I’ve enjoyed having a chance to talk to so many educators recently about ideas for setting up class in a remote learning environment and sharing some of my lessons learned as an online teacher. But I’ve gotten a lot of questions asking what this all looks like.
This is a clip from my AP Calculus class today. My students are all logged into our Google Meet session. I can see them all on my screen but I’ve clipped that part out of this video and blurred all faces for privacy.
I am using the Wacom One to write and I’m signed into Pear Deck as a student so that I have the drawing tools within Google Slides. In my ideal world, all students would have a Wacom tablet that they could plug into their laptop which would enable them to draw with a pen. They would then be able to log into this Pear Deck with me and illustrate their thought process. But let’s be real — what’s “ideal” right now, we are just doing the best we can.
The power to draw cannot be understated, though.
In this clip, students are doing the talking & I’m able to draw out what they’re describing with my Wacom tablet so that we can visualize the solution process together. Many times, I have students draw with their mouse but this problem was too complex. So students talk & I write.
After class, I publish the Pear Deck Takeaways so all students have a copy of our notes.
Here is a look at my setup (though during the session, all student faces were actually on my laptop screen & I was using my Wacom One as a second display. Again, for student privacy, I’ve chosen not to show that here!):
I hope that this short clip might provide some ideas. I’d love to hear what you’re doing with your students. And please feel free to reach out if you have any questions about my process.
I love your blog- thanks for this post. I am loving the power of Google meet and Pear Deck when I’m teaching maths.
I have to ask (apologies if you have covered this) how do you show all their faces in Google Meet? Thanks so much.
Thanks, Bridget! So happy that you’re also benefiting from using Pear Deck in your Google Meet sessions. It’s great!
I’m using the Google Meet Grid View Chrome extension: https://chrome.google.com/webstore/detail/google-meet-grid-view/bjkegbgpfgpikgkfidhcihhiflbjgfic?hl=en-US It’s a game changer!! I understand it may be rolling out within Google Meet soon so it’s more widely available to all. But you can install the chrome extension in the meantime and you’ll be able to see all your students!
When I’m doing the screenshare, I just have a window with my students in the grid view on the left 1/3rd of my screen and then my Pear Deck open in another window on the right 2/3rds of my screen.
I’ve a concern that is keeping me from transitioning 100% to Pear Deck and that is the ability to WRITE on the slides and interact with them.
I like what you’e doing above but, I’m concerned about the results as your writing/examples would not appear on the slides in the Student Takaways so, at some point, the students are having to copy down your examples somewhere?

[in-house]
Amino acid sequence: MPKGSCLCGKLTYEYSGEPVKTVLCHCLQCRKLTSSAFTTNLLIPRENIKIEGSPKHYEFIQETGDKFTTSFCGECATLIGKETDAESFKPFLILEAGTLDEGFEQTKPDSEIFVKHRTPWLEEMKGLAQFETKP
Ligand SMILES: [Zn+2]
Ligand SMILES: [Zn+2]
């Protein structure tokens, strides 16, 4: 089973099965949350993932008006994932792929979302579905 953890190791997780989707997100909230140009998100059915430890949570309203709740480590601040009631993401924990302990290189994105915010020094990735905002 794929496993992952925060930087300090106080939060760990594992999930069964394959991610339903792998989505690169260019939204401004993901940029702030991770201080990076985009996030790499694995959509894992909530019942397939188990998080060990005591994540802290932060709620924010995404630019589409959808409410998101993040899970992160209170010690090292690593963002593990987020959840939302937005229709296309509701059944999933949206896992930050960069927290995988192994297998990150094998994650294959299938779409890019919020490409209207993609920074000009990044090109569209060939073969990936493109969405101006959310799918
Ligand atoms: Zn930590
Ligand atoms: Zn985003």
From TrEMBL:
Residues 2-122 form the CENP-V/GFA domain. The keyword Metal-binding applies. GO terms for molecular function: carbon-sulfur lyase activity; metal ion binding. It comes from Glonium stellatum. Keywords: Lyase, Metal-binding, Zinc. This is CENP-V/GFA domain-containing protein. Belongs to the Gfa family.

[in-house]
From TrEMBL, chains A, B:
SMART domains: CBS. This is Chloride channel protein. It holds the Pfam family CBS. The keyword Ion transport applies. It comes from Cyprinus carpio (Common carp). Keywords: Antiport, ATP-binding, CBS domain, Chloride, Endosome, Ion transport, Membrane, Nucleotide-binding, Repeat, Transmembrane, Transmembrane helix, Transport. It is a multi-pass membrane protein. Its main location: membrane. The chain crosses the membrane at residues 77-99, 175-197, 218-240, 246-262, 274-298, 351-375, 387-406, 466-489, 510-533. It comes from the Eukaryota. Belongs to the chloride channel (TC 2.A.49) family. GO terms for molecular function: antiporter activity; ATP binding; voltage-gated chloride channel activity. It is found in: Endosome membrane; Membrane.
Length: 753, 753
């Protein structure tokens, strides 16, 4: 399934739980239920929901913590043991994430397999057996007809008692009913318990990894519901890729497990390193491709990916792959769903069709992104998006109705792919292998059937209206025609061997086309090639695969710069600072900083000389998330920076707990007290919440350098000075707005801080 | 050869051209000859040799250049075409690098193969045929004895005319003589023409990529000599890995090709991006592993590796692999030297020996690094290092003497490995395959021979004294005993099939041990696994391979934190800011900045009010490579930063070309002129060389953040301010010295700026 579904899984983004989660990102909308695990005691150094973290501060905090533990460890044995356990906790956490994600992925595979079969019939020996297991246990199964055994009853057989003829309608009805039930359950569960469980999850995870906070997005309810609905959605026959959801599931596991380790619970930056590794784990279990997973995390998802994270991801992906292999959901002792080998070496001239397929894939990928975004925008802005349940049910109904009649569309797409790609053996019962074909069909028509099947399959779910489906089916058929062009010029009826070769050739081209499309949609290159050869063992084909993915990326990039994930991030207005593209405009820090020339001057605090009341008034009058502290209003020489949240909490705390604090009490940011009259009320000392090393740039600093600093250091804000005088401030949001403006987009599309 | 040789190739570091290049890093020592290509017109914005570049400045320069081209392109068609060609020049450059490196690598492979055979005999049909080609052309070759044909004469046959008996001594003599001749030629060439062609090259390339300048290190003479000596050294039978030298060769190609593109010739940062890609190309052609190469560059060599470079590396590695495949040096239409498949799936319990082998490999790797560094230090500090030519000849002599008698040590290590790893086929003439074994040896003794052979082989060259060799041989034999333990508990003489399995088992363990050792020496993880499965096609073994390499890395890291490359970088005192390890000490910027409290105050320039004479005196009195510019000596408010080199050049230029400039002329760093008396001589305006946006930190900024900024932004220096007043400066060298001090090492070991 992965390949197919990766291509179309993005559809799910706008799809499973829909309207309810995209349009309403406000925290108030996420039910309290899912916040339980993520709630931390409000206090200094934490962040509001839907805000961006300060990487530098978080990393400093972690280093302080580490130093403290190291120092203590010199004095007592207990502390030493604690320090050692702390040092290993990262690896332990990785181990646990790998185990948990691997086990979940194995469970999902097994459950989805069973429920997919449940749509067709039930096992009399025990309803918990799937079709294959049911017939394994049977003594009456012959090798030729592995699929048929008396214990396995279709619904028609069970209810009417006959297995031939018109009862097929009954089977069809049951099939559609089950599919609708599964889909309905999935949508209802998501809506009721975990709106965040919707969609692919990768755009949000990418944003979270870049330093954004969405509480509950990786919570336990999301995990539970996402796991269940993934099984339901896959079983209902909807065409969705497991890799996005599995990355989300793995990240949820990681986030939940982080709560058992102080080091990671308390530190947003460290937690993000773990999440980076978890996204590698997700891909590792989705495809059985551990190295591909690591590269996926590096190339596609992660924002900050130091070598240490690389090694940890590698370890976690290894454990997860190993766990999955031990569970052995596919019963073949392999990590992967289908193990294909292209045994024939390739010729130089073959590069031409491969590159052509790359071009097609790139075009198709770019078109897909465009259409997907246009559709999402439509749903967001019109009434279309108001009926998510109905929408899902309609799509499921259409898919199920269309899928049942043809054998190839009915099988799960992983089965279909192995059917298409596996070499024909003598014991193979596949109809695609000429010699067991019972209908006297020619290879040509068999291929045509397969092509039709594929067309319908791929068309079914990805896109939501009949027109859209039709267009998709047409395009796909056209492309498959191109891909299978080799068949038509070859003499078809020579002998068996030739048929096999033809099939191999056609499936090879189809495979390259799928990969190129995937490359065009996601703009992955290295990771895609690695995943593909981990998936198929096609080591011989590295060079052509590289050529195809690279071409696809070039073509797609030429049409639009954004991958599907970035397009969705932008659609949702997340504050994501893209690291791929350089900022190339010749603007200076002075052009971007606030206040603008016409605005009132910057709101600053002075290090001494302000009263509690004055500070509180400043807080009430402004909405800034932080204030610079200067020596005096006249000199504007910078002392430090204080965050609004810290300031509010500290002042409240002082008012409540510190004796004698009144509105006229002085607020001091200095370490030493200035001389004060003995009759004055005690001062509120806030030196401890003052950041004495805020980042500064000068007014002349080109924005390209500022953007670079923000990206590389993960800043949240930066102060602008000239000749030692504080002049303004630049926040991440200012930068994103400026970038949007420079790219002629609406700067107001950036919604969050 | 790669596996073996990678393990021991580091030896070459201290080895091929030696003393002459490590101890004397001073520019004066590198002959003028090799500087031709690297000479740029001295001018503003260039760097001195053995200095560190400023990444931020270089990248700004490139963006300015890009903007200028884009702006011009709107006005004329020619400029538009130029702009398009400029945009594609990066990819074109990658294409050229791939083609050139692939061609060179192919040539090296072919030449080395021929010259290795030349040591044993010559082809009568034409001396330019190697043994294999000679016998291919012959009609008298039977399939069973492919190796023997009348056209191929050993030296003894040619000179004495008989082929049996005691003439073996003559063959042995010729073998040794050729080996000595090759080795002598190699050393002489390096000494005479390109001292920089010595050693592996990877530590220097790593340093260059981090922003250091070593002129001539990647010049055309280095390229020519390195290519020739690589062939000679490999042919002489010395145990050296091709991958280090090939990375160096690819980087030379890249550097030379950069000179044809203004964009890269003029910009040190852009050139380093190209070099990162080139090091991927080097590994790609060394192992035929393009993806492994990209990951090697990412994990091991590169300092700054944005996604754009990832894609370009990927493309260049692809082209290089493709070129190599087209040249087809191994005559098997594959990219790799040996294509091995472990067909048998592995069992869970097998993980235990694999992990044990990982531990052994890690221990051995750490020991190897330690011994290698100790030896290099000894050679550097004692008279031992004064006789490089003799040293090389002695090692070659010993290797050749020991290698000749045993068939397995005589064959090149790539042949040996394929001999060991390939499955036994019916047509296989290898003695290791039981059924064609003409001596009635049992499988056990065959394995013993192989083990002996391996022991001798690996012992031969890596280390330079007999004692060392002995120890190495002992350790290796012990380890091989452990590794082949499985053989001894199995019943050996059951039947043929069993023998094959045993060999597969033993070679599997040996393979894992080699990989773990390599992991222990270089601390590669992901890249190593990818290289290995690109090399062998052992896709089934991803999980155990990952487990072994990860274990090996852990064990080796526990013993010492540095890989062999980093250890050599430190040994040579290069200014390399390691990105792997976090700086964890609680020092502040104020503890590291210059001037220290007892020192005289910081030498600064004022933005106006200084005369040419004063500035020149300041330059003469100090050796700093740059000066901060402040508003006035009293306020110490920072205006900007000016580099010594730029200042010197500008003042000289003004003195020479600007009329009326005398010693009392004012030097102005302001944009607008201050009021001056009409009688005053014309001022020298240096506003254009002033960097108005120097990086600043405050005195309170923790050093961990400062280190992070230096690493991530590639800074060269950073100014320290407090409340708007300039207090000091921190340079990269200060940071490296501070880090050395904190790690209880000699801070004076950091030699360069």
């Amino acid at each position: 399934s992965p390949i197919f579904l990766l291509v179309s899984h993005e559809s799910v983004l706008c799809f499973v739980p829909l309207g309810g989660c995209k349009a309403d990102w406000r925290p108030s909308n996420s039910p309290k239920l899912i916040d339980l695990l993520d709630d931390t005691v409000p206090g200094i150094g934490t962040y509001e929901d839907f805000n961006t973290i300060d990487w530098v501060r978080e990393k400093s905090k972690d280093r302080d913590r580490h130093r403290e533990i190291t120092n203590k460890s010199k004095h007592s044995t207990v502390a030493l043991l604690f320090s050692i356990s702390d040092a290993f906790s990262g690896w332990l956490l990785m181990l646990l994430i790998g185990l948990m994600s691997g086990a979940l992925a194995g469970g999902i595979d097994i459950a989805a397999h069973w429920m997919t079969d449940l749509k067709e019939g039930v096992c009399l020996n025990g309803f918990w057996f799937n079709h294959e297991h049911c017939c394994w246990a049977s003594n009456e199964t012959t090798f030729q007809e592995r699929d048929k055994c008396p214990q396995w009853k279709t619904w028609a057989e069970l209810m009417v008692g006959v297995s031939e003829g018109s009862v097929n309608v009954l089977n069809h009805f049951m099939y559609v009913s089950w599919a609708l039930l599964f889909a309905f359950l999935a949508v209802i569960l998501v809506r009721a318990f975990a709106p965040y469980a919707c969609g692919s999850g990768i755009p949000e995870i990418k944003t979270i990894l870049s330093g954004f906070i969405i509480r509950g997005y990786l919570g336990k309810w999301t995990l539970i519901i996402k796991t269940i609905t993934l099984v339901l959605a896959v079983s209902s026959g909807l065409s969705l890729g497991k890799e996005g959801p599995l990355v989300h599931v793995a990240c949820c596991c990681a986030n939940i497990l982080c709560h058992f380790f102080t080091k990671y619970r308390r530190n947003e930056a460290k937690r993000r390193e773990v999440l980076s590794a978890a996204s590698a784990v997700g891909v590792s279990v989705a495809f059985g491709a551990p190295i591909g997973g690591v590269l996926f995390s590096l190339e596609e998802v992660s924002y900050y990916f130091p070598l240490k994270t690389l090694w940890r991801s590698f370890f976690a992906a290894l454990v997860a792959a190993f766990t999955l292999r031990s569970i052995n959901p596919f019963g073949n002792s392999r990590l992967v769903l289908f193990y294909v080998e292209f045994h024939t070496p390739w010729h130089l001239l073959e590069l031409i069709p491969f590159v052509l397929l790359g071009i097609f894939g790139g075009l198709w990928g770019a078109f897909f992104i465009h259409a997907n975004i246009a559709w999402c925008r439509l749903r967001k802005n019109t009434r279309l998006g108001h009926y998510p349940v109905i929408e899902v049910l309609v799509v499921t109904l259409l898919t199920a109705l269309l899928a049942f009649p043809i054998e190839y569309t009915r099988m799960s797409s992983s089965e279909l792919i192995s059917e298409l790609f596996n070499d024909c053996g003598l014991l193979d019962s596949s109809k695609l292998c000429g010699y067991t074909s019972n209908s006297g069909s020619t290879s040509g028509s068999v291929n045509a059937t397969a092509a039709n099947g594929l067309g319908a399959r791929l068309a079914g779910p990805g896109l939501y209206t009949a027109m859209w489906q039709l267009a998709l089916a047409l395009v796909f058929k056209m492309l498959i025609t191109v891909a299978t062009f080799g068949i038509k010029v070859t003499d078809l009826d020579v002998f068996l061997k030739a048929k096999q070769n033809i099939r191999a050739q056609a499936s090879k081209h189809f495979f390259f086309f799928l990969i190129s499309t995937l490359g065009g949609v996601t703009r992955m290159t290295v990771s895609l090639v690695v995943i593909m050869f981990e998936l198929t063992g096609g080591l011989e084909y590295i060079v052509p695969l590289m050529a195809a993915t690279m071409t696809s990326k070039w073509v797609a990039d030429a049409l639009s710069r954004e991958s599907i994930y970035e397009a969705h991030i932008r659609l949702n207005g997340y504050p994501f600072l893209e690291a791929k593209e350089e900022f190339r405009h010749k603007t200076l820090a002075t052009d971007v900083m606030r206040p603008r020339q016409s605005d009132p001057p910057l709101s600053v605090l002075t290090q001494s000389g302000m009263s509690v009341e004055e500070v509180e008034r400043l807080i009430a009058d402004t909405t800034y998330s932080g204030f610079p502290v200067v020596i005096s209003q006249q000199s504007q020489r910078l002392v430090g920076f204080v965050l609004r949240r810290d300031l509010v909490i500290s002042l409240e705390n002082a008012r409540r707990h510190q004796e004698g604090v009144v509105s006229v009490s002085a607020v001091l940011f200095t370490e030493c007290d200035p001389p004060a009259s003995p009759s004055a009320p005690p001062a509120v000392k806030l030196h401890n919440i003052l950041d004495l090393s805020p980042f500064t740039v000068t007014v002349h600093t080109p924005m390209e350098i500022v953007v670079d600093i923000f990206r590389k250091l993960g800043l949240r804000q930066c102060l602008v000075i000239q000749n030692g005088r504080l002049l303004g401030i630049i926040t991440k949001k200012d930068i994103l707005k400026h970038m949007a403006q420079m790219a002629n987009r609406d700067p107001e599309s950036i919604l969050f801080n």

If you use the drawing slide as a “teaching slide” where you work through the examples, do you ask students to “copy” what you write onto their own slide (as notes)?
Additionally, I have some lessons where I use manipulatives. In my old program, I had on-screen Algebra Tiles that I would drag and drop on the slide to model how to use them (or to model a student’s response). I’ve recreated these Algebra Tiles on my Google Slides and (in Google Slides) I can still interact with them but, in Pear Deck, the can’t be interacted with. Do you find that not being able to interact with the slides in pear deck is hindering some of your teaching methods?
These are good questions. I have students respond first before I show my answer. Sometimes, I give them time to revise after we have discussed the correct solution. I always publish my Takeaways and share that Google Doc with students along with any other lessons plans relevant to the day. So students can study from the Takeaways. In the first several months, I have students submit their revised Takeaways to me before any assessment. So they open their Takeaway and can use the “solution key” Takeaways that I’ve published to correct any mistakes they originally made. This is a good reflective process as they prepare for their assessment.
Regarding your question about manipulatives, I mainly just do things with graphs (and I can embed Desmos graphs with sliders into my Pear Deck) or I use the draggable dots/lines to accomplish what I need. But I can see how Google Slides might be a better fit for something like Algebra Tiles. In that case, I might use a combination of Google Slides & Pear Deck.
I hope those thoughts help!
Thank you! I’ve made a playlist of all your Pear Deck resources you listed on a previous post… I’m going to check those out. I’m so in love with this Pear Deck thing and I’m trying to find a way to minimize the “switching” between platforms/programs. Your response definitely helped and gave me a few ideas. So, thank you for sharing.